Because of the small output charge available from the CTD element, all junctions on the substrate should have low current leakage to the substrate. Parasitic capacitances should be reduced to the smallest possible since they degrade the capacitively sensed output charge obtained from the CTD element. The present invention utilizes a buried oxide to isolate the devices and thus obtain desirable low leakage and small parasitic capacitance. At the same time it obtains the matched characteristics noted earlier, since the elements are manufactured at the same time as noted above and the gate oxide thickness is the same for both types of devices. Since the self aligning fabrication process is used, a high packing density is achieved.

Further, a substantial number of the fabrication steps which would be required with sequential fabrication of each element are eliminated, resulting in reduced cost of manufacture, and greater yield of working devices. Only up to 3 layers need be etched, as opposed to up to 7 in the process of Canadian Pat. No. 976,661.

As a resulting product of the disclosed inventive process, it is believed that for the first time a CTD element has been combined on the same substrate with CMOS FET devices.

In general, the invention is a method of fabricating a semiconductor device comprising providing a semiconductor substrate of one impurity polarity type, having a silicon nitride mask over its upper surface for defining field effect device channel regions and charge transfer device charge storage regions, and a photoresist mask which is open over predetermined portions of the silicon nitride mask and the substrate surface for defining field effect device and charge coupled device regions, applying a low dosage high energy implantation of opposite type impurity into regions of the substrate not covered by the photoresist mask, and applying a high dosage low energy implantation of said opposite type impurity into regions of the substrate not covered by both of said masks.

Accordingly since the impurities imparted by the different energies of implantation and dosages are masked to different degrees by two different kinds of masks, including one overlying the other, the various resistivities which are required for the substrate of various elements on the same chip are obtained without the serial masking and doping steps which would be required following the process described in the aforenoted Canadian Pat. No. 976,661. The low dosage implantation provides high resistivity diffused regions and the high dosage implantation provides low resistivity diffused regions.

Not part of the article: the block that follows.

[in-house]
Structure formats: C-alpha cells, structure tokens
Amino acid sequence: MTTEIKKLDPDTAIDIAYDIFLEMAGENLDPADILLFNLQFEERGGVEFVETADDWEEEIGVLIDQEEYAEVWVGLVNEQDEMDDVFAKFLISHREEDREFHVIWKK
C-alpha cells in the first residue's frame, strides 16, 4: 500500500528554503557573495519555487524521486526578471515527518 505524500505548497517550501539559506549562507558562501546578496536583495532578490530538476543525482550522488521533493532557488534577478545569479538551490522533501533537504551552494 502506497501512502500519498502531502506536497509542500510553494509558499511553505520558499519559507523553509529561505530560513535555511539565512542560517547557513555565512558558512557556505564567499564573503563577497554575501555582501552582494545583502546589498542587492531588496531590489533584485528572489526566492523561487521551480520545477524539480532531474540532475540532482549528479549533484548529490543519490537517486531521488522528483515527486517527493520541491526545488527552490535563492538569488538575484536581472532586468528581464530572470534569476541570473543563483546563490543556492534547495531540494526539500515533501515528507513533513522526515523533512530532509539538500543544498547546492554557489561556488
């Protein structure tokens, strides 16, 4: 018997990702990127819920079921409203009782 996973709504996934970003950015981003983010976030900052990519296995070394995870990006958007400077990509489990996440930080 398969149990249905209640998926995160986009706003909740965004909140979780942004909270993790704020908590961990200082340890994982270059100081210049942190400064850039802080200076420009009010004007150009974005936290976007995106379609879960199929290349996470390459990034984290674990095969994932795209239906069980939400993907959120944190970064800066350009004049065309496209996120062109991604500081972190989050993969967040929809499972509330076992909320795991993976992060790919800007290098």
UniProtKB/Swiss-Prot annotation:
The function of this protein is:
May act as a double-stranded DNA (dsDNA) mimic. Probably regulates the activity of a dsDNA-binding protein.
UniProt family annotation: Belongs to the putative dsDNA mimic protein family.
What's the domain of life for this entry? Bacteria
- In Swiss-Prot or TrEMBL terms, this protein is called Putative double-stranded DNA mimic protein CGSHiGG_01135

As a result, a novel integrated circuit can be fabricated comprising a P channel CMOS transistor, an N channel CMOS transistor, and a charge transfer device, in which both the transistors and the charge transfer device are integrated into a single substrate.

More generally, the inventive method of fabricating devices having different substrate resistivities comprises providing a semiconductor substrate, applying a silicon nitride mask over first predetermined regions of the substrate, applying a photoresist mask over second predetermined regions of the substrate, some of which may overlap or cover certain of the first predetermined regions, applying a low dosage of an impurity with high energy to the surface of the substrate, so as to cause the impurity to penetrate into the surface of the substrate through the silicon nitride mask and through the exposed surface but not through the photoresist mask, and applying a high dosage of an impurity with low energy to the surface of the substrate so as to cause the latter impurity to penetrate into the surface of the substrate only through the exposed surface of the substrate, but not through the silicon nitride or photoresist masks.